4. Predictive Analytics
Netflix makes year-end announcements about which of its programs are doing well and how different types of people are watching its programs. This means collecting a ton of data relating to what people are watching, what kind of devices they're watching on, how long certain programs keep viewers interested, whether viewers binge or pace a show out.
This helps them learn how viewers use their platform, what sells and what doesn't, what shows are worth re-investing in, re-buying rights to, or renewing ... and it helps them burrow more deeply into viewing habits and trends they can take advantage of.
They often find funny bits of data, such as sharing that one user in the UK watched “Bee Movie” 357 times in one year. Stories like this help give the brand personality and disarm wariness over this kind of data collection.
That said, keep a tight focus on data that helps your business know what to do next. Focusing on extraneous elements won't help you anticipate, and the point of predictive analytics is to anticipate with accuracy.
Consumers are overwhelmed by options today. They have to filter out a ridiculous amount of advertising noise. You know what this experience is like – ignoring marketing that intrudes on your daily life because it's so non-specific.
Personalized advertising centered around maintaining customer connections is a must. This can take more traditional forms such as emails or newsletters and more aggressive approaches such as personalized recommendations and wishlist generation.
The next step beyond this is to personalize the customer experience. In a way, this develops a unique customer experience strategy for every customer. You know how frustrating it is as a customer when you need to give someone information they should already have logged and accessible.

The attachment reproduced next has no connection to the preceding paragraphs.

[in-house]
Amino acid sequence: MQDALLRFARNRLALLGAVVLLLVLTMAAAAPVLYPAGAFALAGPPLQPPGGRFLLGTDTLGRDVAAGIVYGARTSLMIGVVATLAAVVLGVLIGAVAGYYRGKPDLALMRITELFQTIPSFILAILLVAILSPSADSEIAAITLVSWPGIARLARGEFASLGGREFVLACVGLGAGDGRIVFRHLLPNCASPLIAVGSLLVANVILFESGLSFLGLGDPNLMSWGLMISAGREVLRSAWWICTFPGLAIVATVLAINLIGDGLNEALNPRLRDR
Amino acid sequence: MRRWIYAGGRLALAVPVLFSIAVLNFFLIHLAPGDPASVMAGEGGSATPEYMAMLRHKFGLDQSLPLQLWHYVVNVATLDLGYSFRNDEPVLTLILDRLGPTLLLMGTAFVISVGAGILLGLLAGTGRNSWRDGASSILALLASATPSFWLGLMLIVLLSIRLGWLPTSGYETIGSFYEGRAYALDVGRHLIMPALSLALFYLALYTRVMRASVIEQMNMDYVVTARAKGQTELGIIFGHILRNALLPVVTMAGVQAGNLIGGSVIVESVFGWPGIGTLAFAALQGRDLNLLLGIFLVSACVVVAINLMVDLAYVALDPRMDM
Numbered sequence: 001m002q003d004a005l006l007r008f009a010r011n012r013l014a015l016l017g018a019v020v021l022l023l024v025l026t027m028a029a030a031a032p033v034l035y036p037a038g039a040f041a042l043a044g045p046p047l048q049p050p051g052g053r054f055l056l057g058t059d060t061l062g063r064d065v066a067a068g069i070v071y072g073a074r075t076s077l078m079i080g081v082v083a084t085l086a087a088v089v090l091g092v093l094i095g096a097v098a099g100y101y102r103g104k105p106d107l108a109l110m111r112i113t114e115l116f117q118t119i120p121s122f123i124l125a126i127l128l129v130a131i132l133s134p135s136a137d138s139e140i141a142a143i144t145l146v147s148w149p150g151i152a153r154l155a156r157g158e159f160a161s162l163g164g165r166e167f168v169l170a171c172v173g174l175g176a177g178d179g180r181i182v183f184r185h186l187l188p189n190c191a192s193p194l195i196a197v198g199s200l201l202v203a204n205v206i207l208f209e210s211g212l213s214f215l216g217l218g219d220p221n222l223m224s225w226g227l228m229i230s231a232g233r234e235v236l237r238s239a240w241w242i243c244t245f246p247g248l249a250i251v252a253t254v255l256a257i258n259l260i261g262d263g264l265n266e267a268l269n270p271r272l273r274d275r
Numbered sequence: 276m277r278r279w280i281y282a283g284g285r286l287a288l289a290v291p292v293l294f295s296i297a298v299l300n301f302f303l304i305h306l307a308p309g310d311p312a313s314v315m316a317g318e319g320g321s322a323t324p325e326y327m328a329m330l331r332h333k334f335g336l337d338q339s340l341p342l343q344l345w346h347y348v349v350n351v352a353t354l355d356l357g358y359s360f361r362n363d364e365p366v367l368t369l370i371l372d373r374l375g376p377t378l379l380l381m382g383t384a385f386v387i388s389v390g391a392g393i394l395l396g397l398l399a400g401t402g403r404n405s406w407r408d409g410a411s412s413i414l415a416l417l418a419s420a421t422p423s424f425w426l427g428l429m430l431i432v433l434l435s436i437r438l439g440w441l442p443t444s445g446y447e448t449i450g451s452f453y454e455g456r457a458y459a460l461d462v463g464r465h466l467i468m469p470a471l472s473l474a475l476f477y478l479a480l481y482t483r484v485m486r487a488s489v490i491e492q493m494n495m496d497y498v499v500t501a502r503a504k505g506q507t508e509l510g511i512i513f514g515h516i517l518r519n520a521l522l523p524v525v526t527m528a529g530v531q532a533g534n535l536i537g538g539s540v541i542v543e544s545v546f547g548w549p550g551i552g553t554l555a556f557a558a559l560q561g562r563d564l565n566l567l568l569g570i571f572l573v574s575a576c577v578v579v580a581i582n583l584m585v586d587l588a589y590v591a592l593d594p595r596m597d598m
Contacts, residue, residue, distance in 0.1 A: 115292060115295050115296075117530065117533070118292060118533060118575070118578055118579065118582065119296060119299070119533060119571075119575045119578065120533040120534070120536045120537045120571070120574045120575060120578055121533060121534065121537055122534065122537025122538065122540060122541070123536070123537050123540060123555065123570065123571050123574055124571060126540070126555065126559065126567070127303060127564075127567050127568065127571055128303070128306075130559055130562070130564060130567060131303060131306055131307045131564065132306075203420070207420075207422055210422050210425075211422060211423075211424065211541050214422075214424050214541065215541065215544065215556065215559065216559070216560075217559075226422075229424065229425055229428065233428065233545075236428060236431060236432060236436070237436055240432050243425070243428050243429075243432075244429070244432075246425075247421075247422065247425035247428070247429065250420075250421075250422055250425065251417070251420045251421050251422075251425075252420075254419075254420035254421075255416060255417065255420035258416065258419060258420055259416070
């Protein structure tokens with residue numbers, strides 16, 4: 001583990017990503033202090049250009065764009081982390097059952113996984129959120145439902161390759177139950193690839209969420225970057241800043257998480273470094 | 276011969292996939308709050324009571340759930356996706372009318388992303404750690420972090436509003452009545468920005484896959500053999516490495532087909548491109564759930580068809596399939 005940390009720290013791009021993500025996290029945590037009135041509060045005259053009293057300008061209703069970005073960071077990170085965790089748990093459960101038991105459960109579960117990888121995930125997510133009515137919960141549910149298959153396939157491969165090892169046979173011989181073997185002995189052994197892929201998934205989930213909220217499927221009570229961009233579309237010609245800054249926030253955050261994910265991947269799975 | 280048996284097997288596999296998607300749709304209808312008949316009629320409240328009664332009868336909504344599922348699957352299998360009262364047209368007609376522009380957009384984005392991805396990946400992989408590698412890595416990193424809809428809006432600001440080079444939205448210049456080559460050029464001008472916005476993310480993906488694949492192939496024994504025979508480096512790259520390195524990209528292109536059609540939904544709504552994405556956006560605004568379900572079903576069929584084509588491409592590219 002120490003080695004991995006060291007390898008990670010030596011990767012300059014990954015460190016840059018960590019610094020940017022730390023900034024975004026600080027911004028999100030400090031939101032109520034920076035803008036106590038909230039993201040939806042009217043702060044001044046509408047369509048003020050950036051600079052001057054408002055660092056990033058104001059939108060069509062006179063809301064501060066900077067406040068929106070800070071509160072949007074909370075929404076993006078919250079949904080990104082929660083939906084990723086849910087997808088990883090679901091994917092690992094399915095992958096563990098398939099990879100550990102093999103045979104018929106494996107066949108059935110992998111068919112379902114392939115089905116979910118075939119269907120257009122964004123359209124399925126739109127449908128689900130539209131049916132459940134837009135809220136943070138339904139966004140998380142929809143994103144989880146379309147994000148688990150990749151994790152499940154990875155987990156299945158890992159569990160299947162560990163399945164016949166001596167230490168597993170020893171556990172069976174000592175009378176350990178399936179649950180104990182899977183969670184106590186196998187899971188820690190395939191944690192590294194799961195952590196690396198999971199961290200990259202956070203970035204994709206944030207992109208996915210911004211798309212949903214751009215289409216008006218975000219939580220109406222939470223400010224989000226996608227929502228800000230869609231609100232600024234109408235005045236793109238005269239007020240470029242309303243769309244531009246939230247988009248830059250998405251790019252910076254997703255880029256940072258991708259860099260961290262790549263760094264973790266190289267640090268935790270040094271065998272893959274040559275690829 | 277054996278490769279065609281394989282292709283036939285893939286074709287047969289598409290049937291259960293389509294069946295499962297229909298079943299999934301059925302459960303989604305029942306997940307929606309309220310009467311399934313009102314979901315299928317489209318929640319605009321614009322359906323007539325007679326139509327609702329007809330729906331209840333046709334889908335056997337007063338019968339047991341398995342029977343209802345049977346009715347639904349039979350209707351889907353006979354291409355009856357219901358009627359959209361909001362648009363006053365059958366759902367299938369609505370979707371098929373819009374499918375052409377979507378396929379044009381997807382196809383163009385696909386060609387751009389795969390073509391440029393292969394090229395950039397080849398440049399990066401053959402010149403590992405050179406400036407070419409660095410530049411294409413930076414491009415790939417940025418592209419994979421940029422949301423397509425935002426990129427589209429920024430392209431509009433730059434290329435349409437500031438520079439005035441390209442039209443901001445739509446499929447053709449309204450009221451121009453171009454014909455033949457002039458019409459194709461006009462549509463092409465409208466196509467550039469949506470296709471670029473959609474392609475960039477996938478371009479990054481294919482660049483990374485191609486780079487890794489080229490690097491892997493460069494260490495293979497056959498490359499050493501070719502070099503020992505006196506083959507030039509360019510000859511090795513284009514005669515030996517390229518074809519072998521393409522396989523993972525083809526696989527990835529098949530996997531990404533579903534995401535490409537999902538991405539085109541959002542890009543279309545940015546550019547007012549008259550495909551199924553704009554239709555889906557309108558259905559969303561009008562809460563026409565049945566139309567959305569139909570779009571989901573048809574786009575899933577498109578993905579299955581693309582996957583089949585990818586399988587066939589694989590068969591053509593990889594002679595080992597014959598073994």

This kind of personalization essentially relies on profiles to track users, maintain personalization, and deliver relevant marketing across different devices. Ideally, you'll be able to create different groups of customers in your database based on purchasing habits and other tendencies, integrate a CRM tool, and tailor content quickly and efficiently for each group.
6. Millennials Demand Transparency
Millennials are killing everything, right? Olive Garden, motorcycles, sunny days, the list goes on. Yet the demand for transparency allows for more agile brands to outpace larger competitors. Social media demands transparency and punishes organizations at the drop of a post when they fail to realize it.
Customers today have an expectation of how their data will be handled, who will have access to it, what goes into a price, why extra fees are added. When you can know whatever you want by clicking on a link, when that information isn't provided, it makes the customer distrust you.
Few things can lose a sale faster than a customer feeling like they can't trust you with their data, or that you're not being transparent enough on an extra fee. This doesn't mean you need to hit them with a wall of text explaining everything in legal language. Transparency means explaining in a way they'll understand. Explain it like you would to someone across a lunch table: quickly, plainly, and in a friendly tone.
If you choose to eat a fee and not pass it on, make sure they know this. Obviously, this helps the customer know you're doing something for them to make their purchase easier. At the same time, some customers may know a fee exists and will look for it; they don't want to be confused that they can't find it.
7. Augmented Reality
Aside from transparency and truthfulness, millennials also love playing pretend through augmented reality. They're a complicated bunch. Jokes aside, augmented reality is a powerful tool that's still in its initial phases. The fashion industry has pioneered many tools here, allowing users to put on clothing over their image on a device to see what they'd look like in it. Certain adjustments are made in real time to accommodate for height and other measurements so that the resulting image is accurate in its look.